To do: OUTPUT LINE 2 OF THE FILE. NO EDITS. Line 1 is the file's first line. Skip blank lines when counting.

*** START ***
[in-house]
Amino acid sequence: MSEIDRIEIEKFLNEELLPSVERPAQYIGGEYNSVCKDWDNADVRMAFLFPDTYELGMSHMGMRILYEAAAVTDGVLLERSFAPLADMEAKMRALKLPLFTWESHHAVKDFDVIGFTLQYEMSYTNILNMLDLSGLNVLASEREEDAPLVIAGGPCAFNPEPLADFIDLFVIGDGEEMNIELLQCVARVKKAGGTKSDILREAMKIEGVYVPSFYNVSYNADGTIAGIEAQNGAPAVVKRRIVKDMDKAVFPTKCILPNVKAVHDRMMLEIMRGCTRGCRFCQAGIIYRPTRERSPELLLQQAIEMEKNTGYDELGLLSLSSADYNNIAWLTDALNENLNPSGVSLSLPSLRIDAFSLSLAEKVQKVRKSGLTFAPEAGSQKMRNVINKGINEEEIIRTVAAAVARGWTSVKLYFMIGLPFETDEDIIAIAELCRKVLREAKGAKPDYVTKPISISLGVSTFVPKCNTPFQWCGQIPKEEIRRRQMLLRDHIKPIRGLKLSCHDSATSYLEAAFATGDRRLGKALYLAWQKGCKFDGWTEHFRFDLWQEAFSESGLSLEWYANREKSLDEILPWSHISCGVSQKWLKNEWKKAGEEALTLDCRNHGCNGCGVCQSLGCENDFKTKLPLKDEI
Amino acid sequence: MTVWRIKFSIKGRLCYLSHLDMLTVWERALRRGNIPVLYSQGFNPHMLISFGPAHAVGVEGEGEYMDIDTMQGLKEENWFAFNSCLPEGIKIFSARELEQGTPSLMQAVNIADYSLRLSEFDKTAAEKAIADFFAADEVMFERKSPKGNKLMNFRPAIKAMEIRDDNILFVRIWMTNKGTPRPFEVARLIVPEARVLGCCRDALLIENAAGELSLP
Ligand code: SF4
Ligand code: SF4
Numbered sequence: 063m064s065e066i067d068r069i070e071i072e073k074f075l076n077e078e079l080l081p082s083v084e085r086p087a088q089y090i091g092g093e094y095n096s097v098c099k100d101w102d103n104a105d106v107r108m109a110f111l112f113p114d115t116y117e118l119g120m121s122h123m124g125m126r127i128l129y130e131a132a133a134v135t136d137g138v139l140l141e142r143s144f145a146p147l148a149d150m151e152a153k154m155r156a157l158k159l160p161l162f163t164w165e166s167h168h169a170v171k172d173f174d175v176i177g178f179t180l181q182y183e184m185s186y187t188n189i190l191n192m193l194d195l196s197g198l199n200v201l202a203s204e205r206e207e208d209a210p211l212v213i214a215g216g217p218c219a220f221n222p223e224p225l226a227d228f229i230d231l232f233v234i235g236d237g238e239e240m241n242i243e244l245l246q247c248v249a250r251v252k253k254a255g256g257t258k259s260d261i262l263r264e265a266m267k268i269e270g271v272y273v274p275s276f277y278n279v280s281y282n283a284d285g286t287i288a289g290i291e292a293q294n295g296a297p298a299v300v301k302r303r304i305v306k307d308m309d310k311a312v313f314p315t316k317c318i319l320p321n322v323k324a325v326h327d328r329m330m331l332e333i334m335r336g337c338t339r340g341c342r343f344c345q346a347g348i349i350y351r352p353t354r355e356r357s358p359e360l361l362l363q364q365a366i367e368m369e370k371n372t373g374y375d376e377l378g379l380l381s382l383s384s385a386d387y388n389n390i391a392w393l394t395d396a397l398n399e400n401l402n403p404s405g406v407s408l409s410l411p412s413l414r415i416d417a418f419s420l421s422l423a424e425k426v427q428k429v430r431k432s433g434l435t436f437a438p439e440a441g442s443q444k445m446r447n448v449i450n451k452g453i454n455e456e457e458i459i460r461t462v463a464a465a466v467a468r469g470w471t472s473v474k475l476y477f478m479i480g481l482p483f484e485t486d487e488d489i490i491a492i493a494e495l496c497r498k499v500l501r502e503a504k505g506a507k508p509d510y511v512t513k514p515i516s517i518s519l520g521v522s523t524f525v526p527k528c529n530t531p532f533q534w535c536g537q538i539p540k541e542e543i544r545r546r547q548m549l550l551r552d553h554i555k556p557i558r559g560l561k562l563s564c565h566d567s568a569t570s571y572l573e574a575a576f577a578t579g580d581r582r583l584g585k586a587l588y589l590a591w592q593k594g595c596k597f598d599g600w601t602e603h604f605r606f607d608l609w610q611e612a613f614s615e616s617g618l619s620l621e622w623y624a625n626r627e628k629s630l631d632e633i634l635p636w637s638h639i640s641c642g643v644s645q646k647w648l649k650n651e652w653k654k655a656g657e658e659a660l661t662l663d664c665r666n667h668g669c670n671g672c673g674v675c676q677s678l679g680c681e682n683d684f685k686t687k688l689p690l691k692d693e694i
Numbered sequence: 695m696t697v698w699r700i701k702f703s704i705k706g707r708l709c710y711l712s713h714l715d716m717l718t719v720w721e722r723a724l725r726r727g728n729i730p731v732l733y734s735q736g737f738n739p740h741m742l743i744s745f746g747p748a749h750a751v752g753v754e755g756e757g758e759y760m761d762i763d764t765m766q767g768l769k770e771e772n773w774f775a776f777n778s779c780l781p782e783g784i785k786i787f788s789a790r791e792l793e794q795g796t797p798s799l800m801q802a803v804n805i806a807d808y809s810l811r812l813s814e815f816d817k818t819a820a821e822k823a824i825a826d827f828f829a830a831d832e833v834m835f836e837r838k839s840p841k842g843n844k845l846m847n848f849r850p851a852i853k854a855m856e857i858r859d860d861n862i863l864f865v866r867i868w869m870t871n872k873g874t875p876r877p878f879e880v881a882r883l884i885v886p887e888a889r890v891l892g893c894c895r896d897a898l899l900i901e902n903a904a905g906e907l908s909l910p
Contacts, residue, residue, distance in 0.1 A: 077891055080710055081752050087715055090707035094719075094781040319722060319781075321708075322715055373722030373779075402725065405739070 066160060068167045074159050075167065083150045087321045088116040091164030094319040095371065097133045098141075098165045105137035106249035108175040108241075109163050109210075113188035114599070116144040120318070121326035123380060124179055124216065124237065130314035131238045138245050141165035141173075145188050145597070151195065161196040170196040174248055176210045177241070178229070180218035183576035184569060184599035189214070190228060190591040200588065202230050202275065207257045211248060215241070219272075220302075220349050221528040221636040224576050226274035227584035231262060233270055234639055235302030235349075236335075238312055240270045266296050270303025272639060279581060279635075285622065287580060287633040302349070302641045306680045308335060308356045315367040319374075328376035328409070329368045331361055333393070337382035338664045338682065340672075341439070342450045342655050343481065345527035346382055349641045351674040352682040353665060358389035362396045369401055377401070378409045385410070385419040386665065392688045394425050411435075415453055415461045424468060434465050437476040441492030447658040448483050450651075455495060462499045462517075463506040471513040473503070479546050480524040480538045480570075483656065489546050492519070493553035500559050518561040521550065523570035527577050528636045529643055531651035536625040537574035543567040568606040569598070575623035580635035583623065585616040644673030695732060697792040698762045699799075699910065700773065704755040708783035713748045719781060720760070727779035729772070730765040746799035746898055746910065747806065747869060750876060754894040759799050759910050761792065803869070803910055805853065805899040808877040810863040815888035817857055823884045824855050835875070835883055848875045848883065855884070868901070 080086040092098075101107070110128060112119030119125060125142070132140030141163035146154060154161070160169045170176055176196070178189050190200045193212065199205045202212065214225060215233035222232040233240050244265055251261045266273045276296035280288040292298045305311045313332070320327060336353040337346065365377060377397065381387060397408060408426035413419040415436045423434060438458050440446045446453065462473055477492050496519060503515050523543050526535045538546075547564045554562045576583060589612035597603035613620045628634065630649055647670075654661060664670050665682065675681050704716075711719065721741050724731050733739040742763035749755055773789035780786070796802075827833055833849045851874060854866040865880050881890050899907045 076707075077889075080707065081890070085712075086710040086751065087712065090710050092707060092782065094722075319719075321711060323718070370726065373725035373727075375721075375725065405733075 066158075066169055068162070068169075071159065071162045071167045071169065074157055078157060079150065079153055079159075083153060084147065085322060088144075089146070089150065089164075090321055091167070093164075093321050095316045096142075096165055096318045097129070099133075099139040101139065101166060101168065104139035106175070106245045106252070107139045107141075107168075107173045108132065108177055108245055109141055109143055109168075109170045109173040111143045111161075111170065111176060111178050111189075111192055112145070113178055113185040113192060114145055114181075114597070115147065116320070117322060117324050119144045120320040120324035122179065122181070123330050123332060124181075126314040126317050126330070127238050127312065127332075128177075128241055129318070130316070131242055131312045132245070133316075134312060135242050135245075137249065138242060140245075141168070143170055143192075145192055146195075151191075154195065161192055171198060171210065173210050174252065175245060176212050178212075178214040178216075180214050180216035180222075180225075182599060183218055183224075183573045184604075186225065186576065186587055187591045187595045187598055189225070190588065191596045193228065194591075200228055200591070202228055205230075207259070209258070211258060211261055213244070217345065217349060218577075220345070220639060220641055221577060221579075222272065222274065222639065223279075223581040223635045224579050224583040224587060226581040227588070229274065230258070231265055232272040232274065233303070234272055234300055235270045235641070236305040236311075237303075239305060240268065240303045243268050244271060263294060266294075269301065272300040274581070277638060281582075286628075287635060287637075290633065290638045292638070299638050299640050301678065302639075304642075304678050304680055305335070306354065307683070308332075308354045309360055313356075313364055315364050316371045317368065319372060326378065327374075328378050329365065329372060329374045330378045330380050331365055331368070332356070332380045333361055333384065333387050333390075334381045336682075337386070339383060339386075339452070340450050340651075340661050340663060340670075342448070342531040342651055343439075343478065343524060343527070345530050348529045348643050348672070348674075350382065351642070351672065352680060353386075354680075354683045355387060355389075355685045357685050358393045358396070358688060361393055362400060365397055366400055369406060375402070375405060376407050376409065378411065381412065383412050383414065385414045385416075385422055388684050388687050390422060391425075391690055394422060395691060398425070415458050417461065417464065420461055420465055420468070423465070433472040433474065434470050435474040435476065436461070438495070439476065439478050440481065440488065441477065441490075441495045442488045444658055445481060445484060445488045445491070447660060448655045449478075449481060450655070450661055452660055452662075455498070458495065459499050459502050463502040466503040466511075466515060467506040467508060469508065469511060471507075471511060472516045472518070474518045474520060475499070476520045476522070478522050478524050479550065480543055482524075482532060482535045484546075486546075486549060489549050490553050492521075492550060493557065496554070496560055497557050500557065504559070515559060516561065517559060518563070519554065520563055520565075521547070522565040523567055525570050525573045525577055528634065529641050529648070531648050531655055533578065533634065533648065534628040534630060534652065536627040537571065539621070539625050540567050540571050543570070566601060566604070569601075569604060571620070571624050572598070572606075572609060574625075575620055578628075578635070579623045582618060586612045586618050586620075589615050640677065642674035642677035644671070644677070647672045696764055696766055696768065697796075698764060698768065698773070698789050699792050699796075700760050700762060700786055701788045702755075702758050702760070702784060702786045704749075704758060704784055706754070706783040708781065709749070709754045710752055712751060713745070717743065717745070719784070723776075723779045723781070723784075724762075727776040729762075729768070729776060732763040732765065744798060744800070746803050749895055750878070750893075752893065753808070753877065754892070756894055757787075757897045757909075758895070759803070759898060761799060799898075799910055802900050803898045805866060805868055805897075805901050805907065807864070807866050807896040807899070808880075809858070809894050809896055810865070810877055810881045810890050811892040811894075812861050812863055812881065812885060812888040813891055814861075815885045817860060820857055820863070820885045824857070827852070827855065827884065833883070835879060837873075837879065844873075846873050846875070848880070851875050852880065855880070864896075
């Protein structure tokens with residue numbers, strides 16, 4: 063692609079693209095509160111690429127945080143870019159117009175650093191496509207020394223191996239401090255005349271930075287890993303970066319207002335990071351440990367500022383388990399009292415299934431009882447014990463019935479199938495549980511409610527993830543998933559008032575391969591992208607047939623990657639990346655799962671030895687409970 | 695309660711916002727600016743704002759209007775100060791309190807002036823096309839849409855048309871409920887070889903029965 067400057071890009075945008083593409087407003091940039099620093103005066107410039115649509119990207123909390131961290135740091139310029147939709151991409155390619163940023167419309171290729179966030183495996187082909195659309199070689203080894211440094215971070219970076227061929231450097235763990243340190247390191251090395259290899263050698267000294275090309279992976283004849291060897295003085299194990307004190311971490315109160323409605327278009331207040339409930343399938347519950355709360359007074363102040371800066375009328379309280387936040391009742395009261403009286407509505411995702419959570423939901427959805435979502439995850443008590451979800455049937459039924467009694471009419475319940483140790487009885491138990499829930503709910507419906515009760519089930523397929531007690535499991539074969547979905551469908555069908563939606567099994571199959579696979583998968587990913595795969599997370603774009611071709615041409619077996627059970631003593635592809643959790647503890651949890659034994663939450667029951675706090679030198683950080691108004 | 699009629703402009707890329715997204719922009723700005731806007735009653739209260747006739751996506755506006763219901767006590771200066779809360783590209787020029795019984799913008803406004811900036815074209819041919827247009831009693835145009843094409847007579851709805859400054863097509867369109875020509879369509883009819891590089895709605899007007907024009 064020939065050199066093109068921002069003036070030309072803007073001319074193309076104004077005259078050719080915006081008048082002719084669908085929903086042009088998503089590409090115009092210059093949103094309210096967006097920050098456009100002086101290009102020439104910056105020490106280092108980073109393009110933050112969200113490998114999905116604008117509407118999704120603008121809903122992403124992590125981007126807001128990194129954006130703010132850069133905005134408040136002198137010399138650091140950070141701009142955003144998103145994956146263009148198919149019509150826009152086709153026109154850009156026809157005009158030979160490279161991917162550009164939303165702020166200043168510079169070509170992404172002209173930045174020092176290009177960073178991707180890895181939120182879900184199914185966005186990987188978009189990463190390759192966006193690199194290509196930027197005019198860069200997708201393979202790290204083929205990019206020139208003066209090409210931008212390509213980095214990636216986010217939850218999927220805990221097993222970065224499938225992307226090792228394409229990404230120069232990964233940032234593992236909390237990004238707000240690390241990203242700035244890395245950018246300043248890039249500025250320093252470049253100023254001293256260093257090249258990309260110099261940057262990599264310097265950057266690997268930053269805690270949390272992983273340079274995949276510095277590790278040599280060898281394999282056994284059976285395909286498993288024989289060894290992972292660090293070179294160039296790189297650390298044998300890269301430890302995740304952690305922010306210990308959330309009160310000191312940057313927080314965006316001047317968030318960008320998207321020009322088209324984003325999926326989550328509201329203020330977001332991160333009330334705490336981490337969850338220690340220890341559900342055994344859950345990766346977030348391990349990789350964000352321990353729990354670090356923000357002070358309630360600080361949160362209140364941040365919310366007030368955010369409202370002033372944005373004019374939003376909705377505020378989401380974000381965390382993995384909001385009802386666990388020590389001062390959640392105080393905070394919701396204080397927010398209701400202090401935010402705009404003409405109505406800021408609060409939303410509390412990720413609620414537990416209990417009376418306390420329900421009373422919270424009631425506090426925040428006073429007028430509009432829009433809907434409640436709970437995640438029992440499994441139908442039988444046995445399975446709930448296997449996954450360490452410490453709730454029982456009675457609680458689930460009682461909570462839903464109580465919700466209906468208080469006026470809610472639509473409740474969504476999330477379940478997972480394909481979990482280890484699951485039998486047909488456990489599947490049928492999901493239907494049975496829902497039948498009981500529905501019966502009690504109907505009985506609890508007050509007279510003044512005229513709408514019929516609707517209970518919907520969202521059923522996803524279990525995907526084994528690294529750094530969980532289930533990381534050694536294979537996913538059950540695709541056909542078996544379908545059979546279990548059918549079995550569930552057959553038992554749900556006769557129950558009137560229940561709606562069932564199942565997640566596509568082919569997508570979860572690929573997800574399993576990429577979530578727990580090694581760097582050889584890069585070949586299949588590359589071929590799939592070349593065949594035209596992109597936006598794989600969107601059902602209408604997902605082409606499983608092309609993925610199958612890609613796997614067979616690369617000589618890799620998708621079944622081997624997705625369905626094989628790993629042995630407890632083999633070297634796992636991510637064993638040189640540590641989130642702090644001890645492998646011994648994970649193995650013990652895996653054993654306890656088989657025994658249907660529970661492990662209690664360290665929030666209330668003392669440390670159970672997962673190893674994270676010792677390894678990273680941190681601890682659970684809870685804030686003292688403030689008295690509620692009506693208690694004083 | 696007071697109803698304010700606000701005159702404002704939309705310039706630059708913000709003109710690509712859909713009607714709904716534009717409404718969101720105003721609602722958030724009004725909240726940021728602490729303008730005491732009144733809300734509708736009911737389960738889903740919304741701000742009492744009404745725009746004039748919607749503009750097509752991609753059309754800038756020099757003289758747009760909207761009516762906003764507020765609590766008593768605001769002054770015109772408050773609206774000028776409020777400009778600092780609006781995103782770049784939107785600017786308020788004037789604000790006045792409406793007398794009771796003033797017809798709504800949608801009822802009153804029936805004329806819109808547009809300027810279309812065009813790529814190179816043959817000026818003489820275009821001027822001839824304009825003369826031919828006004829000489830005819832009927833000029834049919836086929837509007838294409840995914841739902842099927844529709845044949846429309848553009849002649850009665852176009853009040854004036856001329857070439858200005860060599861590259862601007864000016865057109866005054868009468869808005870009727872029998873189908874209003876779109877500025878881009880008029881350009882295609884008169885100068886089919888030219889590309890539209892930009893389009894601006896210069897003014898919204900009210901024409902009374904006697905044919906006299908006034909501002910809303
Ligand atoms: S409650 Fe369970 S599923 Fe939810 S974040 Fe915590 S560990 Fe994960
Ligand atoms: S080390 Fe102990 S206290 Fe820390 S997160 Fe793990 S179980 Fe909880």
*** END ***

Amino acid sequence: MSEIDRIEIEKFLNEELLPSVERPAQYIGGEYNSVCKDWDNADVRMAFLFPDTYELGMSHMGMRILYEAAAVTDGVLLERSFAPLADMEAKMRALKLPLFTWESHHAVKDFDVIGFTLQYEMSYTNILNMLDLSGLNVLASEREEDAPLVIAGGPCAFNPEPLADFIDLFVIGDGEEMNIELLQCVARVKKAGGTKSDILREAMKIEGVYVPSFYNVSYNADGTIAGIEAQNGAPAVVKRRIVKDMDKAVFPTKCILPNVKAVHDRMMLEIMRGCTRGCRFCQAGIIYRPTRERSPELLLQQAIEMEKNTGYDELGLLSLSSADYNNIAWLTDALNENLNPSGVSLSLPSLRIDAFSLSLAEKVQKVRKSGLTFAPEAGSQKMRNVINKGINEEEIIRTVAAAVARGWTSVKLYFMIGLPFETDEDIIAIAELCRKVLREAKGAKPDYVTKPISISLGVSTFVPKCNTPFQWCGQIPKEEIRRRQMLLRDHIKPIRGLKLSCHDSATSYLEAAFATGDRRLGKALYLAWQKGCKFDGWTEHFRFDLWQEAFSESGLSLEWYANREKSLDEILPWSHISCGVSQKWLKNEWKKAGEEALTLDCRNHGCNGCGVCQSLGCENDFKTKLPLKDEI